Accordingly, it is an object of the present invention to provide a new and improved handle for use with Allen wrenches and similar L-shaped tools.

Another object of this invention is to provide a handle for use with Allen wrenches and the like which allows for the quick and easy exchange of Allen wrenches of different sizes.

Another object of this invention is to provide a handle for an Allen wrench or the like which substantially fully encloses the wrench during use as a protection in the event of breakage of the wrench from excessive pressure applied thereto.

SUMMARY OF THE INVENTION

This invention features a handle for use with an Allen wrench or the like, comprised of an elongated shank portion formed with an axial passage therein open to at least one end of the shank to receive the long end of an Allen wrench inserted therein. A head mounted at the one end of the shank portion is formed with a socket open to the shank passage and to one side of the head to receive the short portion of the Allen wrench and to allow the driving tip thereof to extend from the side of the head. A spring-loaded finger in pivotally mounted to the head in a toggle action arrangement adjacent the open end of the socket to hold the wrench in place during use thereof.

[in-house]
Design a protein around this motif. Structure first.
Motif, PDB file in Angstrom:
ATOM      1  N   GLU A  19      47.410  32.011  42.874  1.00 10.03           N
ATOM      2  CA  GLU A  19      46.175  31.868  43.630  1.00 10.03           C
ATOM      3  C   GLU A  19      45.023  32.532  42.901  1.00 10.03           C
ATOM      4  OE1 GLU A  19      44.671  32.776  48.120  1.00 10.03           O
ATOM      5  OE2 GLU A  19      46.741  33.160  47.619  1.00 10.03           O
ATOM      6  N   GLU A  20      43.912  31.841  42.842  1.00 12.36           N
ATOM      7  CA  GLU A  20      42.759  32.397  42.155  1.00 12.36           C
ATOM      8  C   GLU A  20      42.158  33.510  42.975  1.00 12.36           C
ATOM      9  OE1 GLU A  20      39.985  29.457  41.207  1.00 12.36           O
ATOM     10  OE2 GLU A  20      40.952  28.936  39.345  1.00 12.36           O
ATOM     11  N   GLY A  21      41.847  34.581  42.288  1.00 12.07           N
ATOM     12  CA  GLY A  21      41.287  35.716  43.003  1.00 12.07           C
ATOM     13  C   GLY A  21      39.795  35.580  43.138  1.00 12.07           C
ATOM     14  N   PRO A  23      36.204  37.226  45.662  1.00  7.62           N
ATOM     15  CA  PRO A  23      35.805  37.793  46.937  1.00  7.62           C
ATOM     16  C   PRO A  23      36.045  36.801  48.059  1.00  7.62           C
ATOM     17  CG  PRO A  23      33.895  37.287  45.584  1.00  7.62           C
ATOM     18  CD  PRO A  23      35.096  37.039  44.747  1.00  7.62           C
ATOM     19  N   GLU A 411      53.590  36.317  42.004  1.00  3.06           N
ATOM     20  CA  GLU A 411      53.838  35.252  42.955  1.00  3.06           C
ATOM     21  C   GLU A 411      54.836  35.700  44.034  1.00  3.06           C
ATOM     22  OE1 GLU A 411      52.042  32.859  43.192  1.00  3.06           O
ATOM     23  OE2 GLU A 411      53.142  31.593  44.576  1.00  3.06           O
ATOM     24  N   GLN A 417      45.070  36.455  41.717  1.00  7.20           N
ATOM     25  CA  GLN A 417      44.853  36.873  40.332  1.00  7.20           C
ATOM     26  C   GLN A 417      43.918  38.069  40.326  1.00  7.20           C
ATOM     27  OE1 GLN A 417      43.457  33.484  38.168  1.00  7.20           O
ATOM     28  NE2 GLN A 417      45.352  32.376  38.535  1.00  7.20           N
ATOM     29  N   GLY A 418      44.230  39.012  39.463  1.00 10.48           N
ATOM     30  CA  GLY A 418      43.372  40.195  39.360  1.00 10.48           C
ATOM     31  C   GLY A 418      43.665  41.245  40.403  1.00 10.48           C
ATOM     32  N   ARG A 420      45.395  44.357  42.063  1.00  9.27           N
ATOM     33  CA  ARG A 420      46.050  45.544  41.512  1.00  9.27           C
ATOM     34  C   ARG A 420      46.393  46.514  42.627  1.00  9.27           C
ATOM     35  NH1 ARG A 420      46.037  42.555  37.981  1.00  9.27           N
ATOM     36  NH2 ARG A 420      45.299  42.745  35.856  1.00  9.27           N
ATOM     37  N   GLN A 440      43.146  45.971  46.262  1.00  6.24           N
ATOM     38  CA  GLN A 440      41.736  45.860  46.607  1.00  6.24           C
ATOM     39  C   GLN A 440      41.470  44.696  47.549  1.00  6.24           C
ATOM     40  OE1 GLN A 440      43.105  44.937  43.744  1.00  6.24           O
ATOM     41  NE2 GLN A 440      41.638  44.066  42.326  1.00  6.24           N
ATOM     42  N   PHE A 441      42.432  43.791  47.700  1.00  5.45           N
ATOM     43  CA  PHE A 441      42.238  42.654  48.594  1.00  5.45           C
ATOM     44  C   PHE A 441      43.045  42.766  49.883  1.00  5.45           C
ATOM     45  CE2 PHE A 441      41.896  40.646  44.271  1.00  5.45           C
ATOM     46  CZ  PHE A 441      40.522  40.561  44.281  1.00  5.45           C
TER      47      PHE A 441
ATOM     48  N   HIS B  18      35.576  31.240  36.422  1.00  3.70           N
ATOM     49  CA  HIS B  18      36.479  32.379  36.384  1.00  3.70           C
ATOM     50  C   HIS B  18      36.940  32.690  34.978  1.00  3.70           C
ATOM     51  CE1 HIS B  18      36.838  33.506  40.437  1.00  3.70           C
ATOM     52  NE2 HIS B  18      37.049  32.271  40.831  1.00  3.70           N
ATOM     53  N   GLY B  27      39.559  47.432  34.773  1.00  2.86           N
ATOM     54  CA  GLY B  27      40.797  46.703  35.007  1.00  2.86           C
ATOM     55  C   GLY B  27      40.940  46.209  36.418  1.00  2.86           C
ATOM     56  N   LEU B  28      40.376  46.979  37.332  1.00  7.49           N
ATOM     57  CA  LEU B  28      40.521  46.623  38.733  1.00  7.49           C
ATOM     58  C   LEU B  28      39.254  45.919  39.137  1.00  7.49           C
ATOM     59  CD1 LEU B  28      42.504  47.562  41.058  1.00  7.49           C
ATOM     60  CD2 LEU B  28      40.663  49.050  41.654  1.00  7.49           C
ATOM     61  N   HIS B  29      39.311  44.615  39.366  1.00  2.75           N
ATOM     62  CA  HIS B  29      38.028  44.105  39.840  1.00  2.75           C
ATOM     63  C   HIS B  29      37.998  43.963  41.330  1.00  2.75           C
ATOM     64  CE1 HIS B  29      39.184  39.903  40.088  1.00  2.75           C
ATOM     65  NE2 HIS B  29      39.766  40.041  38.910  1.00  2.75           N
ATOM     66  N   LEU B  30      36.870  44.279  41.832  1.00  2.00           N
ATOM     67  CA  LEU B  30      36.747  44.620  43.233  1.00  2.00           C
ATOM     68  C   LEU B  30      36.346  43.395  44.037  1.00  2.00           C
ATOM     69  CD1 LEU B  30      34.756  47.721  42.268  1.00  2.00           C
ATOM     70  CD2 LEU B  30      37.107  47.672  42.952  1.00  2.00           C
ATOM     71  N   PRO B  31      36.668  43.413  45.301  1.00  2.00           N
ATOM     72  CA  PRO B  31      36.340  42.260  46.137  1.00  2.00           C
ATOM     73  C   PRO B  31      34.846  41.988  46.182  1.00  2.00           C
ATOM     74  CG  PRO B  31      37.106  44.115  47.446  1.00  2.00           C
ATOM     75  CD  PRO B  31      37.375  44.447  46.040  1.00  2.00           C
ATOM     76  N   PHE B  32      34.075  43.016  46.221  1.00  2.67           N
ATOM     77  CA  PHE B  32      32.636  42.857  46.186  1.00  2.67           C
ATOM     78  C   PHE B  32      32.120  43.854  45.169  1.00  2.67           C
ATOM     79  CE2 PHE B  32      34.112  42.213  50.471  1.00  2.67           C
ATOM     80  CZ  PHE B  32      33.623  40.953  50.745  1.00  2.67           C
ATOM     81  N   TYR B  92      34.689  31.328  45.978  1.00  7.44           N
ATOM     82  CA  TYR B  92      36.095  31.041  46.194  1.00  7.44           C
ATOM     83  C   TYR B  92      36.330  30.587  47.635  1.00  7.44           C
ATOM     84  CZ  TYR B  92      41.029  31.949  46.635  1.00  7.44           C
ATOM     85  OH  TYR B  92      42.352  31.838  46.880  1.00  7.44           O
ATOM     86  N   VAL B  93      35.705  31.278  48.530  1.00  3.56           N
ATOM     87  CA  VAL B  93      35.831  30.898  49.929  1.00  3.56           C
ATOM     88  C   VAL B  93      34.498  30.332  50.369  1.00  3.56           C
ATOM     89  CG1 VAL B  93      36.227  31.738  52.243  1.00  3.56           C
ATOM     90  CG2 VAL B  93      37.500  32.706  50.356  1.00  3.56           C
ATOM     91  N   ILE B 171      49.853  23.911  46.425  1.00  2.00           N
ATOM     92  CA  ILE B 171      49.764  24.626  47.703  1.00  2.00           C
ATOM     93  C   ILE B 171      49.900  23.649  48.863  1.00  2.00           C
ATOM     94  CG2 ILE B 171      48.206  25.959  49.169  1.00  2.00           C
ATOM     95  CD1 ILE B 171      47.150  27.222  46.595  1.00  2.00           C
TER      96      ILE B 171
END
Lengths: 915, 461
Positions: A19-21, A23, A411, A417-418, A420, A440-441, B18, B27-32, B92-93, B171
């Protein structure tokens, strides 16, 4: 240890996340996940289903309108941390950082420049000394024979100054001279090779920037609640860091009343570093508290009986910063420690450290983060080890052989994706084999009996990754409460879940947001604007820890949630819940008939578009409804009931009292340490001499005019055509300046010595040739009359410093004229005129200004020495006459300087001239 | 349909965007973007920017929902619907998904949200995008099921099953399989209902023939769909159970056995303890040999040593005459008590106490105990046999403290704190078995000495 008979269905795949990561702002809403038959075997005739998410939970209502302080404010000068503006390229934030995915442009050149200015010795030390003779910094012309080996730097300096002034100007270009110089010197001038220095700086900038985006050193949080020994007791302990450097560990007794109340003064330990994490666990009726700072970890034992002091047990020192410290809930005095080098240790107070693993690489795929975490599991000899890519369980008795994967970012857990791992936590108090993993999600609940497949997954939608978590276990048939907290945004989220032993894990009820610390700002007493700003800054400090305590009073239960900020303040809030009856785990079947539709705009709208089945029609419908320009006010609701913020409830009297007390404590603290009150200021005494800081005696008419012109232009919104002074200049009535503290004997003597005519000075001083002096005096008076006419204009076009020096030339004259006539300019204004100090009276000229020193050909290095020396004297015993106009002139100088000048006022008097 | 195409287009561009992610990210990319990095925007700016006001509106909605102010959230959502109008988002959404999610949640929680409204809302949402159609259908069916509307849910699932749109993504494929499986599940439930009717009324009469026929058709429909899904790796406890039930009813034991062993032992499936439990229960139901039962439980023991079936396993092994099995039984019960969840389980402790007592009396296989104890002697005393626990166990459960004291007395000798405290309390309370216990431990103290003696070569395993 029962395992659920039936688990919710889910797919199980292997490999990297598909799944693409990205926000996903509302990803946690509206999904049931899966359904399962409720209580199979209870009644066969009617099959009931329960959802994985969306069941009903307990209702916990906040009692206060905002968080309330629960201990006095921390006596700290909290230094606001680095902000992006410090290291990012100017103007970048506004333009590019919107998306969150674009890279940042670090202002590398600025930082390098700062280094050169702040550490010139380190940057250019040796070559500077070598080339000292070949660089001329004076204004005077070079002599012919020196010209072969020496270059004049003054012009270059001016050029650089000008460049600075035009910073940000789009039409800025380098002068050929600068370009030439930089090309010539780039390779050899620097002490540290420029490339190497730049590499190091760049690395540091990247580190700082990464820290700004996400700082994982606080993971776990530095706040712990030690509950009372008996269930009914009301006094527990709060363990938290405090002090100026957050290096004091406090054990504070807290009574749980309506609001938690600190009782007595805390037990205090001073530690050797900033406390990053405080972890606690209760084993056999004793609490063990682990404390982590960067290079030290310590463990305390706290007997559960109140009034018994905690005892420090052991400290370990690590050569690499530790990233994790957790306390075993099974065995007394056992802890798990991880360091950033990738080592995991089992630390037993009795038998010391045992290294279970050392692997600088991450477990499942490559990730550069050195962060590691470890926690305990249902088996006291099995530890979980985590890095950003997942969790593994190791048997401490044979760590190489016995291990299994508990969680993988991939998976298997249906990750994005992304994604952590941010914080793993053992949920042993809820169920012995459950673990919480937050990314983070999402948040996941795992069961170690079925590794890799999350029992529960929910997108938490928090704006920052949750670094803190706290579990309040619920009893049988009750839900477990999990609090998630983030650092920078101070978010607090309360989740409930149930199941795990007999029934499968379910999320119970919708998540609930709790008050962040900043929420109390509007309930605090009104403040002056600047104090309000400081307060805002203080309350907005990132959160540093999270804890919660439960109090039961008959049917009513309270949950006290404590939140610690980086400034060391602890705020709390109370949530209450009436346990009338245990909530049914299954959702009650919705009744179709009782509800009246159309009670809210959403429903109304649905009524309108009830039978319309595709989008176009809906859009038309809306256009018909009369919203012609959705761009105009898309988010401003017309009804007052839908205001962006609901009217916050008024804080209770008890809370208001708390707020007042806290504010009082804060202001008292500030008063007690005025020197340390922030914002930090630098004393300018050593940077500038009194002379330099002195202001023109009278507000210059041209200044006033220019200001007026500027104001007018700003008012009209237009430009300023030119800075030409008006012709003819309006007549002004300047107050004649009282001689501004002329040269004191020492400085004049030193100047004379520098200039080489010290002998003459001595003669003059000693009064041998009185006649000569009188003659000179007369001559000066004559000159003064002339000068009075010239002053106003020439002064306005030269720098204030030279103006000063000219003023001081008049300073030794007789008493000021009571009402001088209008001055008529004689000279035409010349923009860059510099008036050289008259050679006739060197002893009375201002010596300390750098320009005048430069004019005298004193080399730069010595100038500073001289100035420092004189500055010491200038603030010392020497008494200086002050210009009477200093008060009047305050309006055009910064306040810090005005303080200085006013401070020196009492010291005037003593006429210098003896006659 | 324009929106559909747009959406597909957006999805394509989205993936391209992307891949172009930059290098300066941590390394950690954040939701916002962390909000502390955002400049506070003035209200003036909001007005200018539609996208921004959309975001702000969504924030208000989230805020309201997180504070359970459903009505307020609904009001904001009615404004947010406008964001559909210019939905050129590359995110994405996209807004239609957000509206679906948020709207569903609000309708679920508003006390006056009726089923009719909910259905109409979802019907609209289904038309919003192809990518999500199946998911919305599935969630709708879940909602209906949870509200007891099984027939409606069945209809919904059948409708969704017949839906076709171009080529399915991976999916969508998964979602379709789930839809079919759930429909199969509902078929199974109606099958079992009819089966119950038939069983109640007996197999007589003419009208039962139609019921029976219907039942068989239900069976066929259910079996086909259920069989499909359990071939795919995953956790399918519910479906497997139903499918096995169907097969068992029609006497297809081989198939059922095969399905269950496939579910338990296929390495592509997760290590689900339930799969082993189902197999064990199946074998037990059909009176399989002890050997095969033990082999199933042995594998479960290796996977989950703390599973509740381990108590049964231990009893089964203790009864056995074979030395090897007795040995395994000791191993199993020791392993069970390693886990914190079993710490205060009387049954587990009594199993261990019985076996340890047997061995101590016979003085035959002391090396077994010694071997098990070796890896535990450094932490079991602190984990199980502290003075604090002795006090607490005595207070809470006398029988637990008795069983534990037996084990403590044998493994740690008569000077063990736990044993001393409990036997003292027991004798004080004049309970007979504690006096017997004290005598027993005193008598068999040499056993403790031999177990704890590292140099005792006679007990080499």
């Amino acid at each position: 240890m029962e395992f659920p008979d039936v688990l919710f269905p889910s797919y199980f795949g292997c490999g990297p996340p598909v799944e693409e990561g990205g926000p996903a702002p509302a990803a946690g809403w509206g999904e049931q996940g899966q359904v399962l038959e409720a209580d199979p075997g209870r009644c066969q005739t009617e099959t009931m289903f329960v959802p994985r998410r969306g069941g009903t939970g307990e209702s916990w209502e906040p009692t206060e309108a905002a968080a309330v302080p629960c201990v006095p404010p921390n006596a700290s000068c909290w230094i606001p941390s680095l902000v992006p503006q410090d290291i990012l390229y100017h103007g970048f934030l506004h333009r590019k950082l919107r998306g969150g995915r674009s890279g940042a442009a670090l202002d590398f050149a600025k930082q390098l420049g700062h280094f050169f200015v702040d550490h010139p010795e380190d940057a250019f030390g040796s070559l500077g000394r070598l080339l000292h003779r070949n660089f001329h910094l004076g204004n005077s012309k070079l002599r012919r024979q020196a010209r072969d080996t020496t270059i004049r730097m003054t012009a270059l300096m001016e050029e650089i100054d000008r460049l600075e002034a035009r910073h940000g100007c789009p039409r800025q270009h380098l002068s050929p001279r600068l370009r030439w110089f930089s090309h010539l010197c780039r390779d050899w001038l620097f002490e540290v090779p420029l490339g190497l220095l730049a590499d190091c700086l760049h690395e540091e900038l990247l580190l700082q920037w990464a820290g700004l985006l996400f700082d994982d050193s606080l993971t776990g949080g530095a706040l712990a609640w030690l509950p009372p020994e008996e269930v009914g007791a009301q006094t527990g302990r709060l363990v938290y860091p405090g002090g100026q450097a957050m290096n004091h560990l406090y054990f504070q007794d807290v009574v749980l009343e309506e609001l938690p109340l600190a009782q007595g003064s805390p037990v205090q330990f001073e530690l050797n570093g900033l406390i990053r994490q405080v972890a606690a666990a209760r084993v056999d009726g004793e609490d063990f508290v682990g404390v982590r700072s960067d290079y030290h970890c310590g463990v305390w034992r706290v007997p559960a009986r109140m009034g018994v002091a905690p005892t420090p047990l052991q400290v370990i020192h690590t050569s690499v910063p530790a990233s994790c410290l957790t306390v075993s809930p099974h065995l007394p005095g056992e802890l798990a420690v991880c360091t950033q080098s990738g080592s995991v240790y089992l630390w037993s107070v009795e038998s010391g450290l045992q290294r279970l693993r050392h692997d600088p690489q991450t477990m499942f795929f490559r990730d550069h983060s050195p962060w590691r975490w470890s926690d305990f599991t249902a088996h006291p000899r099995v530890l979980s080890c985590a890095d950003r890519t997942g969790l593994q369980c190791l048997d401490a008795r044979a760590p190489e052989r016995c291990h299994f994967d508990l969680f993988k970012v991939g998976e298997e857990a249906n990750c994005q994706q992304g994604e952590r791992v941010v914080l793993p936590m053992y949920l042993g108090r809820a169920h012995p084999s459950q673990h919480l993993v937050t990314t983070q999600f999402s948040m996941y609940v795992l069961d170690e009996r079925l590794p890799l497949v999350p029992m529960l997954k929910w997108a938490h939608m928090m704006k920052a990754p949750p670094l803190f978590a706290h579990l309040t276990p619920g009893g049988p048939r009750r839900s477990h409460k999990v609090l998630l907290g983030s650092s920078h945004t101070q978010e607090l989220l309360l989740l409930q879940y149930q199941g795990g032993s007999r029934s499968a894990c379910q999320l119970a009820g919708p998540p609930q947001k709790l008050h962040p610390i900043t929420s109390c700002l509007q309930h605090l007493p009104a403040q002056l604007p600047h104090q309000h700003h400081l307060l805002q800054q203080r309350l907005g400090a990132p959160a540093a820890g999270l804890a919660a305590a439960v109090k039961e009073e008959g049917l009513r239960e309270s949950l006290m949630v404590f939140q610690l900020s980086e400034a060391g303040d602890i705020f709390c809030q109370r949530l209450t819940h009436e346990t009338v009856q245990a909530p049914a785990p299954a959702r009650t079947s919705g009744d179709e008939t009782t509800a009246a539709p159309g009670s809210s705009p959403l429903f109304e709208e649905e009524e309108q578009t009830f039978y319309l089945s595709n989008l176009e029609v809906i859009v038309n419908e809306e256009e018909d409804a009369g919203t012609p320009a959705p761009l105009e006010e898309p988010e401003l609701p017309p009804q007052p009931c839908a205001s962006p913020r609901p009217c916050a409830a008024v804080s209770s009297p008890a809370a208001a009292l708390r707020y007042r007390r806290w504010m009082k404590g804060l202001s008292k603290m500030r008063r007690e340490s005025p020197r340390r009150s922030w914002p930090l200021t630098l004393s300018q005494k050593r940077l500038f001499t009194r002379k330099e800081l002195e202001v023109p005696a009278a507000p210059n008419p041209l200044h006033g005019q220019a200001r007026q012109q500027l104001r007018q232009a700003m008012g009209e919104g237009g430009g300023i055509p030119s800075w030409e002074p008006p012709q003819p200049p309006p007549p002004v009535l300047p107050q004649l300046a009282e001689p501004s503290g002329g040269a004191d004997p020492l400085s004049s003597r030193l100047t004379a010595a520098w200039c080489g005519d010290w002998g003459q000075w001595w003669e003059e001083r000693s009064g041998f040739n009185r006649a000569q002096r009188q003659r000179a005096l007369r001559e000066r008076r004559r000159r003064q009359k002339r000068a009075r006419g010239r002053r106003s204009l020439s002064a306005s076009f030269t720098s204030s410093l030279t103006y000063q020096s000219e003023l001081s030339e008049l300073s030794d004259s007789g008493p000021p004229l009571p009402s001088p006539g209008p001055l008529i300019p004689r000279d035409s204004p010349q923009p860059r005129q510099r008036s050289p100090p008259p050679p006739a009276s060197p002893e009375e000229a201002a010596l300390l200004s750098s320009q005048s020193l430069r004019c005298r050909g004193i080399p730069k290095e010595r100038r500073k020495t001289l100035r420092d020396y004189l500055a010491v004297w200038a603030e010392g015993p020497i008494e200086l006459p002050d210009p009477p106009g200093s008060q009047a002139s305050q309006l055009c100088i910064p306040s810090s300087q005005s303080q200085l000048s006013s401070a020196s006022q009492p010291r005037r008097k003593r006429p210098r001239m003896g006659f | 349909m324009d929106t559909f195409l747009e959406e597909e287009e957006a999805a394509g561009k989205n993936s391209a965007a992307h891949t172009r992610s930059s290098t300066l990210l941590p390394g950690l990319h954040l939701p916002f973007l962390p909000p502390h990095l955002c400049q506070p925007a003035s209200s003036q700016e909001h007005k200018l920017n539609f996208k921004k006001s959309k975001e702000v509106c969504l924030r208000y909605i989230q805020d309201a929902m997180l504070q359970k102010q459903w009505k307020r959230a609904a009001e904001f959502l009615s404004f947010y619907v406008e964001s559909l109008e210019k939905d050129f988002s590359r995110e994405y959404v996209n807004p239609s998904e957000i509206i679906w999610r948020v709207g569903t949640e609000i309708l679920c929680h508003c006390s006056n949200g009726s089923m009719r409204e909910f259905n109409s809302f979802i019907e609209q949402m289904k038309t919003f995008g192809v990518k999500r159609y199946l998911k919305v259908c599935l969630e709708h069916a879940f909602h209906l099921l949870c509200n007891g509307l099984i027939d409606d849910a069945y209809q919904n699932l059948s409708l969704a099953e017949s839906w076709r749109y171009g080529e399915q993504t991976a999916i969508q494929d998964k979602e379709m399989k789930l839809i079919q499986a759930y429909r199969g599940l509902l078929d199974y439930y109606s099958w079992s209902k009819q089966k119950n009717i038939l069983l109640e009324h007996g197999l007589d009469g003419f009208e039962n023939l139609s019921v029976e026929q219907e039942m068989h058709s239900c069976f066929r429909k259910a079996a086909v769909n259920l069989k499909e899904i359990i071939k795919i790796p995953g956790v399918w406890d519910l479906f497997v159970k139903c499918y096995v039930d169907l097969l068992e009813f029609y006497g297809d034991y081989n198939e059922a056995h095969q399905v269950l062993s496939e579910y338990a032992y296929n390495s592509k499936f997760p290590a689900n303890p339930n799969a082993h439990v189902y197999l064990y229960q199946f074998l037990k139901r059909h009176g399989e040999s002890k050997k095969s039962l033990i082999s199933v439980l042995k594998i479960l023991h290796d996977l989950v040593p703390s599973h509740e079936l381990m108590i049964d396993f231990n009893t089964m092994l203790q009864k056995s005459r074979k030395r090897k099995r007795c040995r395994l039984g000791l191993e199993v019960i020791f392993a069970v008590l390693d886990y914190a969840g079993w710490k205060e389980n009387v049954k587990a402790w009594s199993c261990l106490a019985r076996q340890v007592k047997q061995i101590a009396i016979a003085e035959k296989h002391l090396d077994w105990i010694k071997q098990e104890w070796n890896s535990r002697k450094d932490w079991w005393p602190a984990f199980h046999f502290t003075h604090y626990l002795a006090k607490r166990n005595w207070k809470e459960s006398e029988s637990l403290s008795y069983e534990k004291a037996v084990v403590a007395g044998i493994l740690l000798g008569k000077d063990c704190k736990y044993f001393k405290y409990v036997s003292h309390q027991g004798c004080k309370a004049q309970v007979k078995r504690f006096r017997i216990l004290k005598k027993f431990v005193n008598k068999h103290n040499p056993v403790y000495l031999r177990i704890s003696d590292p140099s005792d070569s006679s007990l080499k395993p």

BRIEF DESCRIPTION OF THE DRAWINGS

FIG. 1 is a perspective view of a handle made according to the invention shown with a wrench in place,

FIG. 2 is a view similar to FIG. 1 but showing the handle with the wrench removed,

FIG. 3 is a sectional view in side elevation of the handle with a wrench in place,

FIG. 4 is a view similar to FIG. 4 but with the wrench removed, and,

FIG. 5 is an exploded perspective view of the spring loaded finger assembly used in the device.

DETAILED DESCRIPTION OF THE PREFERRED EMBODIMENTS